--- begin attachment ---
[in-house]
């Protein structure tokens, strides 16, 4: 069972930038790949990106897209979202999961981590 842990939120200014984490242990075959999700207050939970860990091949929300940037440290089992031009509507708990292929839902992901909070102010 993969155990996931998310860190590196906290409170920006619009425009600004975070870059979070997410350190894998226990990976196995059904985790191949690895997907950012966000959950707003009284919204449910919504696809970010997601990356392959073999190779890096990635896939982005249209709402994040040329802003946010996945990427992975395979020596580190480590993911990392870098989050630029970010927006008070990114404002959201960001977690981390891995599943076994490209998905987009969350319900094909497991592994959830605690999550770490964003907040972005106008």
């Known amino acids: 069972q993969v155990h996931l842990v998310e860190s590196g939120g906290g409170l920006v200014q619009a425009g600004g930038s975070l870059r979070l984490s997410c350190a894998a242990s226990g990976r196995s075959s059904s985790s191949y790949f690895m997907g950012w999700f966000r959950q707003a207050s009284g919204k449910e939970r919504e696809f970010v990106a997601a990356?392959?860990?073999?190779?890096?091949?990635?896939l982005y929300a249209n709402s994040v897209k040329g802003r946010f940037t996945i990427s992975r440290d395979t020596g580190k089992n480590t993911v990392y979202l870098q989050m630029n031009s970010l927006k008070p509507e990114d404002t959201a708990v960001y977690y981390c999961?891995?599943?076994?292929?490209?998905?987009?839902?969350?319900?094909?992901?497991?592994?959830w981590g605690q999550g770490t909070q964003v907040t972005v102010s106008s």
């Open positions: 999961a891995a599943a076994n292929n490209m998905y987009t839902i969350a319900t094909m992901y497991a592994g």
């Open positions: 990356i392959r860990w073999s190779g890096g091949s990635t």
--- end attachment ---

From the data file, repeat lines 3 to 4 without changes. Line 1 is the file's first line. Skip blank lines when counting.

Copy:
């Known amino acids: 069972q993969v155990h996931l842990v998310e860190s590196g939120g906290g409170l920006v200014q619009a425009g600004g930038s975070l870059r979070l984490s997410c350190a894998a242990s226990g990976r196995s075959s059904s985790s191949y790949f690895m997907g950012w999700f966000r959950q707003a207050s009284g919204k449910e939970r919504e696809f970010v990106a997601a990356?392959?860990?073999?190779?890096?091949?990635?896939l982005y929300a249209n709402s994040v897209k040329g802003r946010f940037t996945i990427s992975r440290d395979t020596g580190k089992n480590t993911v990392y979202l870098q989050m630029n031009s970010l927006k008070p509507e990114d404002t959201a708990v960001y977690y981390c999961?891995?599943?076994?292929?490209?998905?987009?839902?969350?319900?094909?992901?497991?592994?959830w981590g605690q999550g770490t909070q964003v907040t972005v102010s106008s």
């Open positions: 999961a891995a599943a076994n292929n490209m998905y987009t839902i969350a319900t094909m992901y497991a592994g």